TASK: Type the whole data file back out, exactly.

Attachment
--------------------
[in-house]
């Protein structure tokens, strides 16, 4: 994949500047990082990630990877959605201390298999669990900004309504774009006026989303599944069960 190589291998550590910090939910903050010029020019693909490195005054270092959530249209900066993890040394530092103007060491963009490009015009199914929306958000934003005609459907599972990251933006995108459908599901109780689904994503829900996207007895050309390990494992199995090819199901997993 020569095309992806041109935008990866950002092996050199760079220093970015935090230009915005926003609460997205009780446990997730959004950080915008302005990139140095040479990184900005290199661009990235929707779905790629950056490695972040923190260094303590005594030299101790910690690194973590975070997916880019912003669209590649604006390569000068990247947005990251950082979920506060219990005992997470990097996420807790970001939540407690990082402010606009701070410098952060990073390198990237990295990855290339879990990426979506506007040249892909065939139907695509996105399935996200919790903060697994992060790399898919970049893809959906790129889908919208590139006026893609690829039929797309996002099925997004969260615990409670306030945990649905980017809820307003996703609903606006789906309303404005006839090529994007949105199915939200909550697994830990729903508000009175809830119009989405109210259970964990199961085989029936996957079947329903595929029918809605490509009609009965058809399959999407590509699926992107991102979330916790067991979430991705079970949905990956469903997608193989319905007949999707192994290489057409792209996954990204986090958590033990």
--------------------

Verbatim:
[in-house]
């Protein structure tokens, strides 16, 4: 994949500047990082990630990877959605201390298999669990900004309504774009006026989303599944069960 190589291998550590910090939910903050010029020019693909490195005054270092959530249209900066993890040394530092103007060491963009490009015009199914929306958000934003005609459907599972990251933006995108459908599901109780689904994503829900996207007895050309390990494992199995090819199901997993 020569095309992806041109935008990866950002092996050199760079220093970015935090230009915005926003609460997205009780446990997730959004950080915008302005990139140095040479990184900005290199661009990235929707779905790629950056490695972040923190260094303590005594030299101790910690690194973590975070997916880019912003669209590649604006390569000068990247947005990251950082979920506060219990005992997470990097996420807790970001939540407690990082402010606009701070410098952060990073390198990237990295990855290339879990990426979506506007040249892909065939139907695509996105399935996200919790903060697994992060790399898919970049893809959906790129889908919208590139006026893609690829039929797309996002099925997004969260615990409670306030945990649905980017809820307003996703609903606006789906309303404005006839090529994007949105199915939200909550697994830990729903508000009175809830119009989405109210259970964990199961085989029936996957079947329903595929029918809605490509009609009965058809399959999407590509699926992107991102979330916790067991979430991705079970949905990956469903997608193989319905007949999707192994290489057409792209996954990204986090958590033990």